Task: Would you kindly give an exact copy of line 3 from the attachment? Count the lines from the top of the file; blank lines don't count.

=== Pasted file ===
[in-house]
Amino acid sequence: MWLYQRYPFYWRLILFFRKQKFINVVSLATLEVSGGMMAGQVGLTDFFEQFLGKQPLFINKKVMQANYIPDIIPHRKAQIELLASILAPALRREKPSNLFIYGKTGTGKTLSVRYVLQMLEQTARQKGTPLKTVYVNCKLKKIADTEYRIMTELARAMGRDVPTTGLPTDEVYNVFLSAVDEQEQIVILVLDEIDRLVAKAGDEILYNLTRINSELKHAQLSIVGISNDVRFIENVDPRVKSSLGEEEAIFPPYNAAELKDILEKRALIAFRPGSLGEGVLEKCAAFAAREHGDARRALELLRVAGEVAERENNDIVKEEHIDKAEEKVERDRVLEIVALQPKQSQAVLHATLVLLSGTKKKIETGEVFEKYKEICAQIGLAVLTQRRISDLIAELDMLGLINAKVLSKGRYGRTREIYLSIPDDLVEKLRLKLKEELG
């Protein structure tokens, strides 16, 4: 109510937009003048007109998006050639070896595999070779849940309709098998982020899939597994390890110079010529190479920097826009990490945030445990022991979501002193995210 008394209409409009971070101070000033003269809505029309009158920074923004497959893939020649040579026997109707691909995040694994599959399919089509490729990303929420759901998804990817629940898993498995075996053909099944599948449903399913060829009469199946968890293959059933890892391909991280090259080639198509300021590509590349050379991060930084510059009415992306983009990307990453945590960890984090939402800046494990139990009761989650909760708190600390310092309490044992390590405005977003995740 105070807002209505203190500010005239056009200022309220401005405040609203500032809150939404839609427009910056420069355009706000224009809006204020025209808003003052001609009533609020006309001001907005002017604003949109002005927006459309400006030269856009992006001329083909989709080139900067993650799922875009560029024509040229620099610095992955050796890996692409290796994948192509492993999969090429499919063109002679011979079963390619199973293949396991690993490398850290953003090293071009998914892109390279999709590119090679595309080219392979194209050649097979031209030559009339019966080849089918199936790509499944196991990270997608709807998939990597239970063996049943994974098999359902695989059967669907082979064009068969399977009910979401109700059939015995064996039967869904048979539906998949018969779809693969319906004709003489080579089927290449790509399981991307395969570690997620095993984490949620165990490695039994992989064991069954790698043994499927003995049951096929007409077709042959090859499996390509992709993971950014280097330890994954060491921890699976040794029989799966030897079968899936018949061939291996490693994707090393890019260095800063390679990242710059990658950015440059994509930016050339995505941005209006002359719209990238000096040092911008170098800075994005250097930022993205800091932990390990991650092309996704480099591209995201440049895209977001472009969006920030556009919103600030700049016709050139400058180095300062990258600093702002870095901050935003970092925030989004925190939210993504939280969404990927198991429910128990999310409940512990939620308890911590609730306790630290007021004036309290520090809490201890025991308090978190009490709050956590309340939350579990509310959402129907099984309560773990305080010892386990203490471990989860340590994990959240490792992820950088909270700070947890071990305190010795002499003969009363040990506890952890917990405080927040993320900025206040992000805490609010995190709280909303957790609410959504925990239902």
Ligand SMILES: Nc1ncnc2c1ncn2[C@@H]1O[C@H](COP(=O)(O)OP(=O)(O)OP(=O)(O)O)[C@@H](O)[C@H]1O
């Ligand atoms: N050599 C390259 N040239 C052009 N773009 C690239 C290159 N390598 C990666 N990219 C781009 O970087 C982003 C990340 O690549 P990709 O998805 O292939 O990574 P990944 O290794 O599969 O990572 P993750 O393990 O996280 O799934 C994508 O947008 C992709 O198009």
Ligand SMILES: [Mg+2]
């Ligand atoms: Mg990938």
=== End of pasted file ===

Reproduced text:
């Protein structure tokens, strides 16, 4: 109510937009003048007109998006050639070896595999070779849940309709098998982020899939597994390890110079010529190479920097826009990490945030445990022991979501002193995210 008394209409409009971070101070000033003269809505029309009158920074923004497959893939020649040579026997109707691909995040694994599959399919089509490729990303929420759901998804990817629940898993498995075996053909099944599948449903399913060829009469199946968890293959059933890892391909991280090259080639198509300021590509590349050379991060930084510059009415992306983009990307990453945590960890984090939402800046494990139990009761989650909760708190600390310092309490044992390590405005977003995740 105070807002209505203190500010005239056009200022309220401005405040609203500032809150939404839609427009910056420069355009706000224009809006204020025209808003003052001609009533609020006309001001907005002017604003949109002005927006459309400006030269856009992006001329083909989709080139900067993650799922875009560029024509040229620099610095992955050796890996692409290796994948192509492993999969090429499919063109002679011979079963390619199973293949396991690993490398850290953003090293071009998914892109390279999709590119090679595309080219392979194209050649097979031209030559009339019966080849089918199936790509499944196991990270997608709807998939990597239970063996049943994974098999359902695989059967669907082979064009068969399977009910979401109700059939015995064996039967869904048979539906998949018969779809693969319906004709003489080579089927290449790509399981991307395969570690997620095993984490949620165990490695039994992989064991069954790698043994499927003995049951096929007409077709042959090859499996390509992709993971950014280097330890994954060491921890699976040794029989799966030897079968899936018949061939291996490693994707090393890019260095800063390679990242710059990658950015440059994509930016050339995505941005209006002359719209990238000096040092911008170098800075994005250097930022993205800091932990390990991650092309996704480099591209995201440049895209977001472009969006920030556009919103600030700049016709050139400058180095300062990258600093702002870095901050935003970092925030989004925190939210993504939280969404990927198991429910128990999310409940512990939620308890911590609730306790630290007021004036309290520090809490201890025991308090978190009490709050956590309340939350579990509310959402129907099984309560773990305080010892386990203490471990989860340590994990959240490792992820950088909270700070947890071990305190010795002499003969009363040990506890952890917990405080927040993320900025206040992000805490609010995190709280909303957790609410959504925990239902």